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                               The Road to Excellence 2


Every experienced furnace and ductwork installer knows the sequence of installation. He knows what comes first, second, etc. He knows that after a cold air boot is cut in, the next follows a plenum, return duct, cold air return drop, rest of the ductwork, sheeting, heat runs and eventually venting and condensate line – right? Not necessary! In many houses in the complicated installations you must break the routine and start being creative, think out of the box! Does everyone able to foresee what’s coming their way and be on top of the situation? Doesn’t everyone with years of experience must anticipate what comes first, then second and so on? I doubt it.

The last straw that broke the camel’s back was my visit to the job-site managed by a new guy, a 47 years old fellow with 25 years of experience, doing piece-work. You may think that this kind of guy would work very efficiently, he would be like a chess player that foresees several steps ahead and would be at the top of his game – just think again! In two spots he hung a supply duct blocking the heat runs and in the third one vented a furnace before he had a chance to hang a return duct! Of course, eventually, he managed to get that job done but why would you do it a hard way?

So, on this page I will show you some instances of the right thinking that may pave the road to excellence in the hope that some of you would learn on how to work without busting your ass!

This is a free page, but I hope that after reading on this page you would buy chapters from my Ductwork Installation Guide e-book and/or some merchandise from the ad units.

This terrible installation was done by someone who was never properly trained, who lacks of slightest respect to the profession he dedicated his life to. Sometimes it’s just enough to go to the next door house and see how it’s done – learn thing or two! But obviously this installer never bothers.

In my Ductwork Installation Guide you can find several examples of similar installation. Most likely in the situation like this one, I would use two Oval 45-s, a Round to Oval End boot and a Take-off. Instead of the guy created this terrible monster!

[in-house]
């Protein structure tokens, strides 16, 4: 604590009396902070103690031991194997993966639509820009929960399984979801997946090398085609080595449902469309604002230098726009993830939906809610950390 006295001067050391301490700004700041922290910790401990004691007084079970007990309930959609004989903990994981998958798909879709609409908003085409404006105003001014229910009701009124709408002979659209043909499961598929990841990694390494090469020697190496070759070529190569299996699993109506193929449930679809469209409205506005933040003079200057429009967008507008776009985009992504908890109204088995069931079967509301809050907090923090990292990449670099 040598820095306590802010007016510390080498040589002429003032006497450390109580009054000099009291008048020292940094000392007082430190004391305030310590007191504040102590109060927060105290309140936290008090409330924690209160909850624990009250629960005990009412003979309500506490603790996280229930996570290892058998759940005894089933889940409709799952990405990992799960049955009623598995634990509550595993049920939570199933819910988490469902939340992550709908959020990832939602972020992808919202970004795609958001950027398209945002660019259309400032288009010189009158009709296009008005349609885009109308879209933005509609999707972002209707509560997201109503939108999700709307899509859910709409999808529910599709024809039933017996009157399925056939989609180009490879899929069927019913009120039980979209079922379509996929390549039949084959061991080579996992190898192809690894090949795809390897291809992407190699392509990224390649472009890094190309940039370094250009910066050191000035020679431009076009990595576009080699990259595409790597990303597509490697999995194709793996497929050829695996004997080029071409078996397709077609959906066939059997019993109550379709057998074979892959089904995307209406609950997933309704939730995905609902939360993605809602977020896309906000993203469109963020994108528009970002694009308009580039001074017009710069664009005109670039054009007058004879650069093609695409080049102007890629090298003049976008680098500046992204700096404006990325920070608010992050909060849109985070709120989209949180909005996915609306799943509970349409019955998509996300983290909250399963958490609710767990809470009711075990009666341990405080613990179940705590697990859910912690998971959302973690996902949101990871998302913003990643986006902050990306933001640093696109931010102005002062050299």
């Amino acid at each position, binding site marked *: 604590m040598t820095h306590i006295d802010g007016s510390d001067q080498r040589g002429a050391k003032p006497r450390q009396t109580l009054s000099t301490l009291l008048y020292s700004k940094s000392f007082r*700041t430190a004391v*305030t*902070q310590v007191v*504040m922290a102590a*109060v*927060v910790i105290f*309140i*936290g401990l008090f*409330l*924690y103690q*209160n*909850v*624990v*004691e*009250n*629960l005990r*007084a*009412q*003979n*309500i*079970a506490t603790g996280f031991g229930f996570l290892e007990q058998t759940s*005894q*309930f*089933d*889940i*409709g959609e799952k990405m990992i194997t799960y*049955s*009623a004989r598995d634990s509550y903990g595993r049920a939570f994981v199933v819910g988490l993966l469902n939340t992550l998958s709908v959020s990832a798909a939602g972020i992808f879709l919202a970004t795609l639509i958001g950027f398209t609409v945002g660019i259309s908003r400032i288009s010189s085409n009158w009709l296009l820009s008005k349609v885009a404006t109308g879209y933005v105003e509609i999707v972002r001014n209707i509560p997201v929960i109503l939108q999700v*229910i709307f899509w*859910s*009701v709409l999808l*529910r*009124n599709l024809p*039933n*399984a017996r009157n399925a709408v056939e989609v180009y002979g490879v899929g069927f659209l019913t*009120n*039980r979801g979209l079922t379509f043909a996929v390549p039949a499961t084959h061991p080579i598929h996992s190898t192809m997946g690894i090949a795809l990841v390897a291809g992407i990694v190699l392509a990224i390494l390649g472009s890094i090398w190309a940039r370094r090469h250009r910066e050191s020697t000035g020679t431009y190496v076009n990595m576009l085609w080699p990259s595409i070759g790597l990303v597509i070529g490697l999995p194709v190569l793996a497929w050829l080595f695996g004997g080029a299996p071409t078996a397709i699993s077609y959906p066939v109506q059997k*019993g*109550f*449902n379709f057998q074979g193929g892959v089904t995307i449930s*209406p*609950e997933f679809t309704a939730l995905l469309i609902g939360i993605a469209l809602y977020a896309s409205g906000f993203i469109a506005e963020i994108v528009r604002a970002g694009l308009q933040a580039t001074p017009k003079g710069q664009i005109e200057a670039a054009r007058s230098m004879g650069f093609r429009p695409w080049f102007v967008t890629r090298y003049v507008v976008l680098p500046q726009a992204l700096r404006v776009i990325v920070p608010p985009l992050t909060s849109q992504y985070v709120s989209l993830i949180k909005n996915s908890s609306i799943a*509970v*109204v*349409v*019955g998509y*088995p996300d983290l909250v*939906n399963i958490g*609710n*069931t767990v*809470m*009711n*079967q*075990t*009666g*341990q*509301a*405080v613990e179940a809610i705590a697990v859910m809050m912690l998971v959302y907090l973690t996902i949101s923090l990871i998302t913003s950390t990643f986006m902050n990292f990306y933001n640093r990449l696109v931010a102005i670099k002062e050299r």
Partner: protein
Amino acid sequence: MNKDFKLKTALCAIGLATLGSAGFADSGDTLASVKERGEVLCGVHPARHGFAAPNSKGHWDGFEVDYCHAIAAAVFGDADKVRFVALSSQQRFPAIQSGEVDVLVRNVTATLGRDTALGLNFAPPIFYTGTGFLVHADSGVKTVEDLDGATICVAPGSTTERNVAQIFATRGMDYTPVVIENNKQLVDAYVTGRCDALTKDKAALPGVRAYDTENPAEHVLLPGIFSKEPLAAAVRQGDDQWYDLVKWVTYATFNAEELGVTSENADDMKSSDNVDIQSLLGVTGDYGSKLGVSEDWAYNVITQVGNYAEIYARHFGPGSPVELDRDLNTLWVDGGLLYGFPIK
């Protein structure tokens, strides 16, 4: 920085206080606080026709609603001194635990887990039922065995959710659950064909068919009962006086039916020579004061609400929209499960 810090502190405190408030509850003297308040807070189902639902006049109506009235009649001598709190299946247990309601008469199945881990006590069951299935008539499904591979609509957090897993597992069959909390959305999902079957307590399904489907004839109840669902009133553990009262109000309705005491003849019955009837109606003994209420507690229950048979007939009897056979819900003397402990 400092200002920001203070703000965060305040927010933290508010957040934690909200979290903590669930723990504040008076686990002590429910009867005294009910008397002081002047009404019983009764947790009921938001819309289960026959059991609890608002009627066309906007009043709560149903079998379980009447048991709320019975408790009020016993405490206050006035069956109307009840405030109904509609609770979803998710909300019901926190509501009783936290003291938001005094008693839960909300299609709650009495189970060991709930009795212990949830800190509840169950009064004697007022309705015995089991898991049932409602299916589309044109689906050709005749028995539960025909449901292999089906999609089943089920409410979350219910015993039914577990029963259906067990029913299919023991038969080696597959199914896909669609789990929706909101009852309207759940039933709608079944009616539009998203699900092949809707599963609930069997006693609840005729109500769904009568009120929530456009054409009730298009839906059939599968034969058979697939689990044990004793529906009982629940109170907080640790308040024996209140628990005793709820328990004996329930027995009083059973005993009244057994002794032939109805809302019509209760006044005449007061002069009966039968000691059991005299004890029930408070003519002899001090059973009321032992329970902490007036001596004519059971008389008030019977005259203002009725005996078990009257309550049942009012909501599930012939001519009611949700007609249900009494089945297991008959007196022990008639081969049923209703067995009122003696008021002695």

Of course the plumber created some mess and made installation more challenging. But if the installer gave himself a minute and set up a furnace in the right spot he could avoid the whole bunch of unnecessary “jumpers”!

Also, this pro doesn’t know that he can use duct reducers for the take-offs – so stupid.

Now look at the thermo-ply. At the corner he fastens it with five screws! Two would be more than enough, leave alone he should be using staples instead. 

Installation of this cold air jumper is just incredible! Obviously he doesn’t know how many cold air returns can handle a single joist cavity. This is why he connected the jumper duct to the main one by both sides!

Because he used an important joist cavity unnecessarily, he didn’t have a choice, but run this jumper as a triple one and instead of 5 elbows he used 11!

These heat runs don’t look very neat, do they?    

This jumper is done only because he never learned that he could tap in a take-off onto a transition. 

Two inch PVC pipes better to keep shorter, then installation looks better.

As you can see a cold air drop isn’t straight. Such a stupid mistake! 

This is a cold air jumper. Why he wasted 7” materials and extra time instead of simply extending thermo-pan sheeting to this point we most likely will never know…

Below you can see the same house model done by me. I hope you'll see the difference!

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